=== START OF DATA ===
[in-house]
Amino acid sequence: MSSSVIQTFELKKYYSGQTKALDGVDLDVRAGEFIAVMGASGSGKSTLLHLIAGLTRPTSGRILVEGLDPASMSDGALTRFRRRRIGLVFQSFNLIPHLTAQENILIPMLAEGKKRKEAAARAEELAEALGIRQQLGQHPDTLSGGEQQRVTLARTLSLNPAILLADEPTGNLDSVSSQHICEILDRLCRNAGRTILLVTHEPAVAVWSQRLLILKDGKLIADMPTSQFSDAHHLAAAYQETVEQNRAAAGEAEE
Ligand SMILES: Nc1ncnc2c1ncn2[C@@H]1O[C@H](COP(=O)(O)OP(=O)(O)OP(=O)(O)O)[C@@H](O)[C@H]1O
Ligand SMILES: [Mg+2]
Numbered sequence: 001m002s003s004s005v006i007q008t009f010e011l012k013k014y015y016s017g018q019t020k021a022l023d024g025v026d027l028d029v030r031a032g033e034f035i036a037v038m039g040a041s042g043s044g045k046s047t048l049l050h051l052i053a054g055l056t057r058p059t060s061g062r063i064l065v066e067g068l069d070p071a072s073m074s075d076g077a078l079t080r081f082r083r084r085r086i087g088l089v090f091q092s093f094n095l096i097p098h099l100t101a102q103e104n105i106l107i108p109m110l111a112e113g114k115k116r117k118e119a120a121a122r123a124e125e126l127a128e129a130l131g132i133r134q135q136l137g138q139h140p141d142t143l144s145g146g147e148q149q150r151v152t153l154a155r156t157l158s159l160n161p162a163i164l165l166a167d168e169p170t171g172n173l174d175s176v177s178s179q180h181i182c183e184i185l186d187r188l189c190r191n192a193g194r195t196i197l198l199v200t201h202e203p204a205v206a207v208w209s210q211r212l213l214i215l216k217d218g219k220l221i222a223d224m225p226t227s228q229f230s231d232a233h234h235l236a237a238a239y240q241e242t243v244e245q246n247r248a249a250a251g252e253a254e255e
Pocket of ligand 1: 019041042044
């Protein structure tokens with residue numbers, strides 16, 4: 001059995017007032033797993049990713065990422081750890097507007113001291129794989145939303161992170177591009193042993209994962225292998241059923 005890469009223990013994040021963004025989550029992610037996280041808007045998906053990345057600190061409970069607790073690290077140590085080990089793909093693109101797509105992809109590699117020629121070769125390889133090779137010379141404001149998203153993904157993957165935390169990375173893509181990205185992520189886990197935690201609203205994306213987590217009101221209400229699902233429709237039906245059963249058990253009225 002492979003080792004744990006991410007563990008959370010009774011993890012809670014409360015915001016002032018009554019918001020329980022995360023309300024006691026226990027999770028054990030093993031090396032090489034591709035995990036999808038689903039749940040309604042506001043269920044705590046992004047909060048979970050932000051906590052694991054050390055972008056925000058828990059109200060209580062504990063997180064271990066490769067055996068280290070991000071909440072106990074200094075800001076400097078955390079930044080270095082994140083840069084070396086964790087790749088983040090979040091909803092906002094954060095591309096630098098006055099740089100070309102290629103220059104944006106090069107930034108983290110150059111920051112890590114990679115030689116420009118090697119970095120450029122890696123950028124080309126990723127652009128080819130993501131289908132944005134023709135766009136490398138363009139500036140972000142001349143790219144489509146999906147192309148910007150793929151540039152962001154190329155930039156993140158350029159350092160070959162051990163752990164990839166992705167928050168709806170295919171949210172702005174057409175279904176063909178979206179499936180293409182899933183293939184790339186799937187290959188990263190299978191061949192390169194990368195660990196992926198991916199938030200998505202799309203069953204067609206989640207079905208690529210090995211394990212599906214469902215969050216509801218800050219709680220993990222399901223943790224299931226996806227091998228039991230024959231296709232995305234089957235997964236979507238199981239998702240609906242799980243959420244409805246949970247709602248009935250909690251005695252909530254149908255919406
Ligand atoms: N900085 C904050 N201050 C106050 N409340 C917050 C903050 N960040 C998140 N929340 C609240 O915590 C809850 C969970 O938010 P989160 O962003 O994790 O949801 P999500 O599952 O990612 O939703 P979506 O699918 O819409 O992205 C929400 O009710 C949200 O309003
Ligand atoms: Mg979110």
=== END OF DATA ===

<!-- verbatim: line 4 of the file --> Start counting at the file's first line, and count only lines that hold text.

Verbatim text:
Ligand SMILES: [Mg+2]